Those oaks I did not hesitate to cut. Oaks will readily stump sprout, and with some attention the second time around, nourished by an already established strong taproot and protected from shady growth and deer browse, they will thrive. Given time and space, they can develop into the iconic massive oaks, standing more than 100 feet tall, with boughs stretching outward as high as the tree is tall; trees of stature that few enough of us have ever seen.
Preventing degradation is preferable to trying to repair damaged ecosystems. It requires fewer dollars, fewer hours, and has much higher success. So thinning the healthy stands of young oak saplings, each tree still growing straight with sprawling lower limbs paralleling the ground, abounding with leaves, and buds well above the deer browse line is a simple, logical, and basic tenant of wise land management.
In the field, the matter was less obvious. The bottom branches of the trees were touching, but as of yet there was no storm damaged tops, no double leaders, no reaching towards available daylight or leaning away from a neighboring tree. Nothing was wrong with any of the trees, nor was there anything wrong with their location.
The basis of cutting so often revolves around listening to the landscape; what should be here, what is still healthy, what has the best chance of remaining healthy. The bur oaks and white oaks I would be removing from the soft ground had obviously been planted in the right place, and were getting the nutrients they needed.
The trees were already providing habitat for song sparrows and robins. DeKay snakes slithered away slowly; indigo buntings darted in and out of the branches. There were few natural cues for me to follow; only the knowledge that oak trees need sunlight and the oak savanna is a landscape in more peril than better known tallgrasss prairie.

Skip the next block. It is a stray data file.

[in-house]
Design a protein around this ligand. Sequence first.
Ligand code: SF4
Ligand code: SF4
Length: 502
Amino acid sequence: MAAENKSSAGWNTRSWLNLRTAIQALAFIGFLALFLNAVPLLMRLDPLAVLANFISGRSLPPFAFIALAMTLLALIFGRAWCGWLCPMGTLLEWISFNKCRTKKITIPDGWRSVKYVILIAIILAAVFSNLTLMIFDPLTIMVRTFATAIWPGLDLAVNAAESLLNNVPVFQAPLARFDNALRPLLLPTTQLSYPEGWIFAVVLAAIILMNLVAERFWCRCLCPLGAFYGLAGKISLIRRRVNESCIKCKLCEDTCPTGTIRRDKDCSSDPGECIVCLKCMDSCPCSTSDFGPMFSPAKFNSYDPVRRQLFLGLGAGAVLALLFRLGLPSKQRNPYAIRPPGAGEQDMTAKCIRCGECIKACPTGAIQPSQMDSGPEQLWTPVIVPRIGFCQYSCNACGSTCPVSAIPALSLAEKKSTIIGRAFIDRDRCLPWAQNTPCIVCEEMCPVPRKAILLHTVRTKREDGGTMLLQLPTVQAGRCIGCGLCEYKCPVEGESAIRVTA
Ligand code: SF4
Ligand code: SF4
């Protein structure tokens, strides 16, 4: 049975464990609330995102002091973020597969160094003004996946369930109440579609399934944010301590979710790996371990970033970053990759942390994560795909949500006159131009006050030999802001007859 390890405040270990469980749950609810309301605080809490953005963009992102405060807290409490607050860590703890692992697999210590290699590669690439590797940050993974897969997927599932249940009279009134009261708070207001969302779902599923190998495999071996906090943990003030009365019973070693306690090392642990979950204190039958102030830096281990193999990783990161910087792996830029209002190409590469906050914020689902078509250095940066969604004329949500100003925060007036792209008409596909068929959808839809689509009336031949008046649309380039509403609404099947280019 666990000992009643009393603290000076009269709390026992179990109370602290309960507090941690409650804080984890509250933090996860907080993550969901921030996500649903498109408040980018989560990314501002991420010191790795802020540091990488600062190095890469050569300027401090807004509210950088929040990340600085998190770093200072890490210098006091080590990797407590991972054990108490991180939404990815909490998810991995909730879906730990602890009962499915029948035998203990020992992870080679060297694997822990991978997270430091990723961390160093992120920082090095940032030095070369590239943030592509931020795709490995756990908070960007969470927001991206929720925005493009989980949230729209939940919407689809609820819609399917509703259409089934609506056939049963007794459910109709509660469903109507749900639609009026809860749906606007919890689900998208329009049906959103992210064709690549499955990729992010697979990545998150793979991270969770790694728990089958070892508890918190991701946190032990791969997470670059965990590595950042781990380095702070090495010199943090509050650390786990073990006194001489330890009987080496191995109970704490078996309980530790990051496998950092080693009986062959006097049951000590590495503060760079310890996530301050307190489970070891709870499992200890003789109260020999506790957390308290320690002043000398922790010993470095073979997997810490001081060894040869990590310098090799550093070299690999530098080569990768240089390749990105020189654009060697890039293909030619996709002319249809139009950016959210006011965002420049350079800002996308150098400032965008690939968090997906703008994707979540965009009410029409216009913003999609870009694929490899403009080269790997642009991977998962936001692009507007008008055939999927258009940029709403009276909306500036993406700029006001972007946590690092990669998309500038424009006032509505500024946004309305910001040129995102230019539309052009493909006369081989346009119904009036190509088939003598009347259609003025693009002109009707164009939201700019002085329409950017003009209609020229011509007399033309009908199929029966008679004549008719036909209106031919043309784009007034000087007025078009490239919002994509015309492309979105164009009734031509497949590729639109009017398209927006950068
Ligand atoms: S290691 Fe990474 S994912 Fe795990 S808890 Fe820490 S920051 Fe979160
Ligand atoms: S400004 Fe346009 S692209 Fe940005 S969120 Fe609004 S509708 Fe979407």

I finally made my selection based on how far apart the trees were growing from one another, and I cut sparingly. Having never stood under the spreading boughs of an old growth oak savanna, it is difficult for me to imagine just how far apart the trees will need to be, someday. Many more thinnings will need to take place in the next three hundred years. The quandary I was in was a testament to the success of the planting thirteen years earlier, and that hundreds of volunteers come out every year to help restore the savannas is a testament to the value it has.
These are trees that will never be measured in board feet and whose worth will not be in providing shade to a house or city street. Their value lies instead in their ability to control erosion, create healthy soils, sequester carbon, and provide a place for wildlife to thrive. More importantly, their value lies in their potential to someday, as long as people stay involved with them, mature into a savanna.
No one who stood there in 1995 or in 2008 will ever see one of those trees vie for biggest oak tree in the state record, or mature beyond a wonder tree into a snag. The bluebird boxes will need to remain, an obvious totem, not to the natural beauty of an untrammeled wilderness, but to a landscape carefully managed to be healthy and vibrant. A place for people to care for the land, and in doing so care for the pileated woodpeckers, the brown creepers, the bobcats and coyotes.
Though the land is protected through a conservation easement, the future is not certain. Red oaks on private property in adjacent woodland have oak wilt, a disease that threatens their survival as a species. The populations of butternuts and elms, once companion trees to oaks and hickories, have been decimated by butternut canker and Dutch elm disease respectively, forever changing the composition of the woods. The ranks of invasive species are ever expanding, from the now commonplace garlic mustard and honeysuckle to the emerald ash borer lurking on the borders of the state. It will not be the same savanna the settlers saw, a handful of tree-topped knolls breaking through the sea of prairie grass. The habitat will be a refuge, bordered by asphalt roads and bluegrass lawns. But it will be a savanna, painstakingly crafted and maintained by the people who love it. A savanna that can survive only as long as the community remains involved caring for it.